The downstream processing circuitry 108 selectively tunes, demodulates, and otherwise “receives” at least one of a plurality of downstream data signals in response to a selection signal provided by, for example, the computer device 104. The diplexer 130 passes all downstream data signals above 88 MHz to the tuner 112 via the high-pass filter HPF 132. The tuner 112 downconverts the received downstream RF signals from the HPF 132 to a predetermined IF frequency signal. At least one switch selectively passes the IF frequency signal from the tuner 112 to the demodulator 118 via either the first SAW filter 114 or the second SAW filter 116. In one embodiment, the first and second SAW filters 114 and 116 are each coupled between the tuner 112 and demodulator 118, in parallel, via electronic switching devices 120 1, and 120 2 (collectively “switches” 120), such as PIN diodes. That is, each illustrative PIN diode functions as an electronic switch for selectively coupling and decoupling each of the SAW filters 114 and 116 between the tuner 112 and the demodulator 118.
For example, a first PIN diode (not shown), which is coupled to the first SAW filter 114, is forward biased by a controller (not shown) to allow the first PIN diode to act as a short circuit as between the tuner 112 to the first SAW filter 114. As such, the first SAW filter 114 is coupled to the tuner 112. Additionally, a second PIN diode (not shown), which is coupled between the tuner 112 and the second SAW filter 116, is reversed biased by the controller to allow the PIN diode to act as an open circuit as between the tuner 112 to the second SAW filter 116. As such, the second SAW filter 116 is decoupled from the tuner 112. In this manner, only one of the two SAW filters is coupled to the tuner 112 at a time. Additionally, in a similar manner, a third and fourth PIN diode (not shown) may be utilized in conjunction with the controller to couple and decouple the first and second SAW filters 114 and 116 to the demodulator 118. One skilled in the art will recognize that other switching components (e.g., transistors, electro-mechanical switches, and the like) and circuits may be utilized to selectively couple and decouple the SAW filters 116 and 114 to the tuner 112 and demodulator 118. The downconverted IF signals are demodulated by the downstream processing circuitry 108 to provide one or more respective baseband signals, which are transferred to the computer device 104 for processing.
When operating under the North American DOCSISŪ standard, the exemplary second SAW filter 116 provides a 44 MHz centered IF signal having a 6 MHz bandwidth to the demodulator 118 , where the demodulator 118 extracts the baseband signal(s) therein. Similary, when operating under the European DOCISŪ standard, the exemplary first SAW filter 114 provides a 36.125 MHz centered IF signal having an 8 MHz bandwith to the demodulator 118, where the demodulator 118 extracts the baseband signal(s) therein. In any case, the baseband signals are sent to the media access controller (MAC) 124 for subsequent transport to the computer device.
The baseband signals are illustratively formed into packets (e.g., MPEG elementary stream packets). The media access controller and other digital circuitry 124 may further process the packetized data (e.g., attach or encapsulate in appropriate transport packets) and then distribute the processed, packetized data to the computer devices 104.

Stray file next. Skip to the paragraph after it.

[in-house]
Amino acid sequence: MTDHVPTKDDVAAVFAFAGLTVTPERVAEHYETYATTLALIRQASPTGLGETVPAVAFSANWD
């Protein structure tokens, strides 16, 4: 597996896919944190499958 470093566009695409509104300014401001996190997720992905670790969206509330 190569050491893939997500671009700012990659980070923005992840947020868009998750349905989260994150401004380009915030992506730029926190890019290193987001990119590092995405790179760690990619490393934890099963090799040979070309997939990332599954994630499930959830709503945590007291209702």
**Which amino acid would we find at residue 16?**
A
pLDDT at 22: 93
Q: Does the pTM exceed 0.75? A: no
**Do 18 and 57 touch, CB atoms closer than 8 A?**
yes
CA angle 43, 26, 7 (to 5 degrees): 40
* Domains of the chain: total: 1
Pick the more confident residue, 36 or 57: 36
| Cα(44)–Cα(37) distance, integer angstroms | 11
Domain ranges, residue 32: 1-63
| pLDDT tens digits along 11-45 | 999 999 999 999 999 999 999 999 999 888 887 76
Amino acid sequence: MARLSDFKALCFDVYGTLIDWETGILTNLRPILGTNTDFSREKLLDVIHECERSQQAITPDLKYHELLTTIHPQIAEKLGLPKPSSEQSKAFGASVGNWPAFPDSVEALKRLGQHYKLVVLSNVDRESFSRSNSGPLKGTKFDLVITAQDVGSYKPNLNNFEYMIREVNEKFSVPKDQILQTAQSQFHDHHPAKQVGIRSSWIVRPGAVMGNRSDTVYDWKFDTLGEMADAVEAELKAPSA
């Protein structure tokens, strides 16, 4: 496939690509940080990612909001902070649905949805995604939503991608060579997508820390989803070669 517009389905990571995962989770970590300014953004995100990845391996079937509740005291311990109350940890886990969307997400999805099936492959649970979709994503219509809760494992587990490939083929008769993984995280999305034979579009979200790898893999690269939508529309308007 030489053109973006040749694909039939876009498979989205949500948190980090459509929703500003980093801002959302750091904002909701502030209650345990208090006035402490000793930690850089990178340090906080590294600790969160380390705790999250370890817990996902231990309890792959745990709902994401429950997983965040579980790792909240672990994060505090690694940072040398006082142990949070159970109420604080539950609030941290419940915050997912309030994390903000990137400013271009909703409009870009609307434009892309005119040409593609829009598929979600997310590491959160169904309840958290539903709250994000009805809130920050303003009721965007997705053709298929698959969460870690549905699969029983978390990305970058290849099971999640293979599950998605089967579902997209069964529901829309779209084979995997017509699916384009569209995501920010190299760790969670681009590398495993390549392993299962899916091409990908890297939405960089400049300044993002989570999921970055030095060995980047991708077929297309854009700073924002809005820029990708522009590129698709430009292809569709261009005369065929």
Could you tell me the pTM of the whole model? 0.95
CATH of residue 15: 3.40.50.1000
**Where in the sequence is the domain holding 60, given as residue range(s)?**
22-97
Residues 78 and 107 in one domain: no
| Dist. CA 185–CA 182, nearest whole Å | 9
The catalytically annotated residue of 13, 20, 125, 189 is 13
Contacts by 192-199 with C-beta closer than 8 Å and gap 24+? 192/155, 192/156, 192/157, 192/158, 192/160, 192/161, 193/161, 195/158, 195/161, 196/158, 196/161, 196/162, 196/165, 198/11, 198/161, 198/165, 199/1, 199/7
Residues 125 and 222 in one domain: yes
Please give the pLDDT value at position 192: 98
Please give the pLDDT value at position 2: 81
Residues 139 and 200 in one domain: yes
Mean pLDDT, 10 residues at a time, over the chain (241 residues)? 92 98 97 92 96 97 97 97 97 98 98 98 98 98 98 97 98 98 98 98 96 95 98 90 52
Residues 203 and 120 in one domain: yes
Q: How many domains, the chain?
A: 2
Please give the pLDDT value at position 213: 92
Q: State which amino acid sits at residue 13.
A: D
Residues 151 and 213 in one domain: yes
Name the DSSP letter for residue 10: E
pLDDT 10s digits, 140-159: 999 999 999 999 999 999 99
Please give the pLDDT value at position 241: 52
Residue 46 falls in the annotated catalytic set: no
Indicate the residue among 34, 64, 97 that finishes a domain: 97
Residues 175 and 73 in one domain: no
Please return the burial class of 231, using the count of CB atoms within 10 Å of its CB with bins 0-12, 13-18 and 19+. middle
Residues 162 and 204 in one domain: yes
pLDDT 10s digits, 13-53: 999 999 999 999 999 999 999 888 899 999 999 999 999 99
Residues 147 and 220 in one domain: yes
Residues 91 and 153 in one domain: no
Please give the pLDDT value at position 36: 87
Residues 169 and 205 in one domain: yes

The upstream processing circuitry 106 comprises a modulator 110 and other support circuits such as amplifiers, filters, voltage regulators, and the like (not shown). The modulator 110 modulates upstream signals from the computer device 104 for subsequent transmission to the service provider 160. In particular, a user sends data, data requests, or some other user request to the service provider. The user request is up converted and modulated to an upstream RF signal.
Under the North American DOCSISŪ standard, the upstream data signals are transmitted in a frequency range between 5 Mhz and 42 MHz, while under the European DOCSISŪ standard the upstream data signals are transmitted in a frequency range between 5 MHz and 65 MHz. In this case, two low-pass filters LPF1 and LPF2 136 and 134 are provided to pass through data signals up to either 65 MHz or 42 MHz. In particular, the LPF2 low-pass filter 134 illustratively passes through the upstream data signals having a frequency between 5 Mhz and 42 MHz, as required under the North American DOCSISŪ standard. Similarly, the LPF1 low-pass filter 136 illustratively passes through the upstream data signals having a frequency between 5 MHz and 65 MHz, as required under the European DOCSISŪ standard. The LPF1 response curve 308 in
It is noted that two separate filters (e.g., the low-pass filters LPF1 136 and LPF2 134) are utilized for passing the upstream RF signal, as compared to only a single high-pass filter HPF 132 being utilized to pass downstream RF signals. It is further noted that a single low-pass filter may not be used for both the North American and European cable modems. In particular, there are stringent limits on the energy that can be transmitted upstream in the frequency band above the upstream data band. For example, the low-pass filter for the North American system must have low attenuation for frequencies between 5 and 42 MHz and high attenuation for frequencies above 54 MHz (see response curve 310). The low-pass filter for the European system must have low attenuation for frequencies between 5 and 65 MHz and high attenuation for frequencies above 88 MHz (see response curve 308). The requirements between 54 and 65 MHz are in direct conflict, therefore different responses, and hence, different low-pass filters are required under each DOCSISŪ standard.